When people find out I grew up in Richmond, Va., I often hear "I bet it's pretty there in the fall" (it is) or "Ah, where the war never ended."
Richmond is home to NCAA Basketball Tournament Cinderella darlings the Virginia Commonwealth University Rams and has a vibrant art scene, but some people wrongly view the former capital of the Confederacy as one-sided and stuck in the past. Perhaps it's because of the monuments and museums, or perhaps it's because they don't actually know much about the Civil War. And honestly, I didn't either. So, in light of the 150th anniversaries and commemoration of the Civil War and the Emancipation, which run through 2015, I returned to Richmond to get my facts straight.
I start at a place I'd been to before, the free Virginia Historical Society. Running through Dec. 30, the exhibit An American Turning Point: The Civil War in Virginia is anything but stuffy: It's interactive and easy to digest. In the "Waging War" section, I learn about African-American soldiers such as Ohio native 1st Sgt. Powhatan Beaty; he earned a Medal of Honor in the Union Army and became an orator and actor after the war. Nearby, visitors virtually diagnose and treat soldiers via a touch-screen quiz game, bringing home the point that two out of three soldiers who died during the war died from disease. In the "Surviving War" section, visitors assume the role of an African-American and simulate an escape from slavery; you face obstacles and decisions that determine if you make it safely to Union lines.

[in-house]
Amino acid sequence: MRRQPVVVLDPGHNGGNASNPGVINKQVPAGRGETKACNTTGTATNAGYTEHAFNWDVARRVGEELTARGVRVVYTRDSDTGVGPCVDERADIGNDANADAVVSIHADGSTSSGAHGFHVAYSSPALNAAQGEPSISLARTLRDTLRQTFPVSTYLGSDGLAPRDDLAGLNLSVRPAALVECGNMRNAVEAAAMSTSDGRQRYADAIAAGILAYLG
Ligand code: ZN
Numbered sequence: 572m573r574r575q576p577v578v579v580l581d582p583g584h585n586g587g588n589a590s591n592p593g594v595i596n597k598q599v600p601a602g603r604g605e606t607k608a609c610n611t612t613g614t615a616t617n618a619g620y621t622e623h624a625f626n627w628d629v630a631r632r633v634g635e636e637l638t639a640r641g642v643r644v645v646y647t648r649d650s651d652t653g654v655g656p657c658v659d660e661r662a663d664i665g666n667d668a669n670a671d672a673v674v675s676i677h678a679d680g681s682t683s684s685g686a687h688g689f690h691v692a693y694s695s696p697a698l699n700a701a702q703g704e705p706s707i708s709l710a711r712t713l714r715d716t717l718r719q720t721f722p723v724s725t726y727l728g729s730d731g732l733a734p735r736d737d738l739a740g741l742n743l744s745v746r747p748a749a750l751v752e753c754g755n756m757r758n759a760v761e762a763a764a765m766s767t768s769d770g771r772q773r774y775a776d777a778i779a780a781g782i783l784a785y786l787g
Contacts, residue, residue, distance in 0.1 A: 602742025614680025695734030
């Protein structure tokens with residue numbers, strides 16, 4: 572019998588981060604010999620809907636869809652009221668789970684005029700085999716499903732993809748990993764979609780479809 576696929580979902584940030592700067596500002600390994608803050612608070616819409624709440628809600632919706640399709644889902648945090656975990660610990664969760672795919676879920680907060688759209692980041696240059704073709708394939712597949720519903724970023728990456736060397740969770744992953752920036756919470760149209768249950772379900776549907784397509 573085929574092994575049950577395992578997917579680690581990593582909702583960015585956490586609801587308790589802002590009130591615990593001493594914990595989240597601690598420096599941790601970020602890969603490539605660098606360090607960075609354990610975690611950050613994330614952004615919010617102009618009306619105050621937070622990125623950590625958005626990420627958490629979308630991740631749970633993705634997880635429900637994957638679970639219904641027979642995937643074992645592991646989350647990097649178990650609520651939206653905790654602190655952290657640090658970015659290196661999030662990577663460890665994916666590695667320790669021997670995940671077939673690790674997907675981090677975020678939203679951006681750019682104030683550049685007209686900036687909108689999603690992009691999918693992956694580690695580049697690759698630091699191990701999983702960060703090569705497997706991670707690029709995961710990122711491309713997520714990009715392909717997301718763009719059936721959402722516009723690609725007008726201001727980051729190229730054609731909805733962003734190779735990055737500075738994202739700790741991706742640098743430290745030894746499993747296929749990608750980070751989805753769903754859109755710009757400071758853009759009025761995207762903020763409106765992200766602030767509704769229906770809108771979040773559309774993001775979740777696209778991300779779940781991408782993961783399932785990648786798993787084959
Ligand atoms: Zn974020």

There's history to be found even outside of Richmond's museums. Monument Avenue in the Fan District, an area of the city that fans out to the West End, is a great place to stretch your legs and soak up history. The home of five monuments to men with Confederate ties, this gateway to the city is fodder for mudslinging. Some say it glorifies the Confederate cause, while others take issue with the 1996 addition of a statue honoring tennis great and Richmond native Arthur Ashe. Regardless, the mile and a half experience screams Richmond: million-dollar-plus homes (Italianate and Richardsonian Romanesque styles dominate), a spicy scent in the air from nearby condiment and seasoning maker C.F. Sauer, and college hipsters.
I finish my trip at the American Civil War Center, which addresses the war from Union, Confederate and African-American perspectives. I find unique artifacts (a lock of hair from Ohio native Gen. Ulysses S. Grant) and excellent audiovisual components, but what moves me the most are scattered quotes. This message from John Boston, a fugitive slave from Owensville, Md., brings me close to tears: "My Dear Wife — it is with great joy I take this time to let you know where I am ... in safety in the 14th Regiment of Brooklyn. This day I can address you thank God as a free man."
After, I walk across the street to Kanawha Canal, which President George Washington once planned to connect to the Ohio River. A pedestrian bridge jutting into the James River offers a great view of the Class III and IV rapids below; plaques and words carved into the bridge chronicle the first week in April 1865, when Richmond fell to the Union army and was set on fire by fleeing Confederate troops.
Standing there, I realize that, in a way, Richmond was then what it is now: a very diverse group of people with a fierce love for their city. The monuments and museums are tools to educate, not glorify. The Civil War doesn't define the River City today, but it did shape our nation. And the war did end.